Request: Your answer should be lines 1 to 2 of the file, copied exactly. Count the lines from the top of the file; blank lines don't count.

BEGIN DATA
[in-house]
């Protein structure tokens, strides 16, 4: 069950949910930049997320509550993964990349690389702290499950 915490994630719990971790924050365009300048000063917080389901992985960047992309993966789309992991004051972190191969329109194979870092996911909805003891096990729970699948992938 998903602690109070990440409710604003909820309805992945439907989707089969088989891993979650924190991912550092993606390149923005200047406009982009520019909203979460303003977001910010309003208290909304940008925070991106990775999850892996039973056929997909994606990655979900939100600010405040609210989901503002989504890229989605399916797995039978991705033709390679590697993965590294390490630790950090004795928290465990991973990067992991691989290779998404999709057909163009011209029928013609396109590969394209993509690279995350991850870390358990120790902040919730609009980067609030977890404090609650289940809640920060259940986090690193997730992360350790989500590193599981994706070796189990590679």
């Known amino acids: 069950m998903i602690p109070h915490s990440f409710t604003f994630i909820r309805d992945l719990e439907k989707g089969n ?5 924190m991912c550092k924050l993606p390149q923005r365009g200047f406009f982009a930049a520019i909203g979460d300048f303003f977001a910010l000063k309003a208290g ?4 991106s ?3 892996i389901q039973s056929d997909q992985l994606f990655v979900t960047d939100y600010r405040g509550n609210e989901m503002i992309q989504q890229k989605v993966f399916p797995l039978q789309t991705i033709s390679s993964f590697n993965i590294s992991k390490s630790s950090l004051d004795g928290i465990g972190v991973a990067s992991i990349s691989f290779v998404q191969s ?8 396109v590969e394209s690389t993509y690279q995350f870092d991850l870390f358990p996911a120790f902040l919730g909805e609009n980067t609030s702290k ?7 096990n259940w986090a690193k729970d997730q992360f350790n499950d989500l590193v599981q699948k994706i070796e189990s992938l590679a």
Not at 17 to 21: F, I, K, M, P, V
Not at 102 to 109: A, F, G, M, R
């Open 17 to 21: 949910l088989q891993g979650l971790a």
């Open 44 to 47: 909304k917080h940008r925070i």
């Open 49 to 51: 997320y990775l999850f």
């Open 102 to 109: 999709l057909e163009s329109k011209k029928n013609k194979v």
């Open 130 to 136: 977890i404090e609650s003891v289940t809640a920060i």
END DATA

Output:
[in-house]
């Protein structure tokens, strides 16, 4: 069950949910930049997320509550993964990349690389702290499950 915490994630719990971790924050365009300048000063917080389901992985960047992309993966789309992991004051972190191969329109194979870092996911909805003891096990729970699948992938 998903602690109070990440409710604003909820309805992945439907989707089969088989891993979650924190991912550092993606390149923005200047406009982009520019909203979460303003977001910010309003208290909304940008925070991106990775999850892996039973056929997909994606990655979900939100600010405040609210989901503002989504890229989605399916797995039978991705033709390679590697993965590294390490630790950090004795928290465990991973990067992991691989290779998404999709057909163009011209029928013609396109590969394209993509690279995350991850870390358990120790902040919730609009980067609030977890404090609650289940809640920060259940986090690193997730992360350790989500590193599981994706070796189990590679």